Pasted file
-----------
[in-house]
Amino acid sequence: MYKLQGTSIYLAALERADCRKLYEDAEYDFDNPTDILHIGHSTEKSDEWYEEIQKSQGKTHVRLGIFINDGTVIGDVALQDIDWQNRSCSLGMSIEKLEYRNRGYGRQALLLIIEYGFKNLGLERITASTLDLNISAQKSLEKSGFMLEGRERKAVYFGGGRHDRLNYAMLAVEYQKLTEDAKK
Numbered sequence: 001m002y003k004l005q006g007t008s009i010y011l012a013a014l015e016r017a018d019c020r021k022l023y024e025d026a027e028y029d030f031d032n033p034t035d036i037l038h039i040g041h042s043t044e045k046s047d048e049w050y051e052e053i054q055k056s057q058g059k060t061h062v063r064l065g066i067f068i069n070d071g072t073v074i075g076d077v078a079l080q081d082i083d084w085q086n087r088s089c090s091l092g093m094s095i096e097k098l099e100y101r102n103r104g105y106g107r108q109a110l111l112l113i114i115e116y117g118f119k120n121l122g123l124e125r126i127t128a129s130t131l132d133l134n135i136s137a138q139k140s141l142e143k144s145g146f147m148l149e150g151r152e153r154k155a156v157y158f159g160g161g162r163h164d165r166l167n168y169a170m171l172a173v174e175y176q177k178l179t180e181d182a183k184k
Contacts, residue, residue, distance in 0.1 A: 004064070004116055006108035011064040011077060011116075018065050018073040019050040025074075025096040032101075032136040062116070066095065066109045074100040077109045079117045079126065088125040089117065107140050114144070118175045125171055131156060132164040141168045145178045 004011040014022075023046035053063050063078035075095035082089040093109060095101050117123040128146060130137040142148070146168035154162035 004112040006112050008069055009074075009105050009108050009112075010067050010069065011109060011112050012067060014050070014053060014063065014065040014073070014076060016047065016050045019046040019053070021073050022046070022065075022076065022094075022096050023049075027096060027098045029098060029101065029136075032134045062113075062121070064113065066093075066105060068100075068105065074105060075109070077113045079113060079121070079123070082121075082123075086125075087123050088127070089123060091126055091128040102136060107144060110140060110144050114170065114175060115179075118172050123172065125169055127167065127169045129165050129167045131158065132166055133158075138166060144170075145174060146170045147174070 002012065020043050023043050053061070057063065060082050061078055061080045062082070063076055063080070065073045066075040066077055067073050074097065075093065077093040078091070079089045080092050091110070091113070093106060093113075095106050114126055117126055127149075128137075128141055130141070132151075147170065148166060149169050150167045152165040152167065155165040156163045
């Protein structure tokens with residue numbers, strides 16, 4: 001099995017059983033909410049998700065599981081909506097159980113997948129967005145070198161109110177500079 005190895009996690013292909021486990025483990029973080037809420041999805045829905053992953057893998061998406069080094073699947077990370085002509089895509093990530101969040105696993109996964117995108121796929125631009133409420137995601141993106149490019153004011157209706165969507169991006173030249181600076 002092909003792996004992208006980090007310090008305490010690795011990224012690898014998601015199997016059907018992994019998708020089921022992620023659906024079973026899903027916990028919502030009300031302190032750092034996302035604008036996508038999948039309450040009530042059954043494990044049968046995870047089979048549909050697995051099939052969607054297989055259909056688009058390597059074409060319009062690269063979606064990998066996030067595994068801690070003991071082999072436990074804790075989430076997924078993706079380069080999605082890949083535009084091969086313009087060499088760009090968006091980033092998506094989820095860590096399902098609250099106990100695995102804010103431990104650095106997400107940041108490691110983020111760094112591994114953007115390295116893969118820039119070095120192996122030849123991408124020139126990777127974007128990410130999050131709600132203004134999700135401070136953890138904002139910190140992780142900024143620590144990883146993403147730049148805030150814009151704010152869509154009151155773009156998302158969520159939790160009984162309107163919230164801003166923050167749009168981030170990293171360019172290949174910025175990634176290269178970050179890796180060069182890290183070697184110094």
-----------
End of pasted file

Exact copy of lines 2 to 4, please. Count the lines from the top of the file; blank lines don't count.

Amino acid sequence: MYKLQGTSIYLAALERADCRKLYEDAEYDFDNPTDILHIGHSTEKSDEWYEEIQKSQGKTHVRLGIFINDGTVIGDVALQDIDWQNRSCSLGMSIEKLEYRNRGYGRQALLLIIEYGFKNLGLERITASTLDLNISAQKSLEKSGFMLEGRERKAVYFGGGRHDRLNYAMLAVEYQKLTEDAKK
Numbered sequence: 001m002y003k004l005q006g007t008s009i010y011l012a013a014l015e016r017a018d019c020r021k022l023y024e025d026a027e028y029d030f031d032n033p034t035d036i037l038h039i040g041h042s043t044e045k046s047d048e049w050y051e052e053i054q055k056s057q058g059k060t061h062v063r064l065g066i067f068i069n070d071g072t073v074i075g076d077v078a079l080q081d082i083d084w085q086n087r088s089c090s091l092g093m094s095i096e097k098l099e100y101r102n103r104g105y106g107r108q109a110l111l112l113i114i115e116y117g118f119k120n121l122g123l124e125r126i127t128a129s130t131l132d133l134n135i136s137a138q139k140s141l142e143k144s145g146f147m148l149e150g151r152e153r154k155a156v157y158f159g160g161g162r163h164d165r166l167n168y169a170m171l172a173v174e175y176q177k178l179t180e181d182a183k184k
Contacts, residue, residue, distance in 0.1 A: 004064070004116055006108035011064040011077060011116075018065050018073040019050040025074075025096040032101075032136040062116070066095065066109045074100040077109045079117045079126065088125040089117065107140050114144070118175045125171055131156060132164040141168045145178045 004011040014022075023046035053063050063078035075095035082089040093109060095101050117123040128146060130137040142148070146168035154162035 004112040006112050008069055009074075009105050009108050009112075010067050010069065011109060011112050012067060014050070014053060014063065014065040014073070014076060016047065016050045019046040019053070021073050022046070022065075022076065022094075022096050023049075027096060027098045029098060029101065029136075032134045062113075062121070064113065066093075066105060068100075068105065074105060075109070077113045079113060079121070079123070082121075082123075086125075087123050088127070089123060091126055091128040102136060107144060110140060110144050114170065114175060115179075118172050123172065125169055127167065127169045129165050129167045131158065132166055133158075138166060144170075145174060146170045147174070 002012065020043050023043050053061070057063065060082050061078055061080045062082070063076055063080070065073045066075040066077055067073050074097065075093065077093040078091070079089045080092050091110070091113070093106060093113075095106050114126055117126055127149075128137075128141055130141070132151075147170065148166060149169050150167045152165040152167065155165040156163045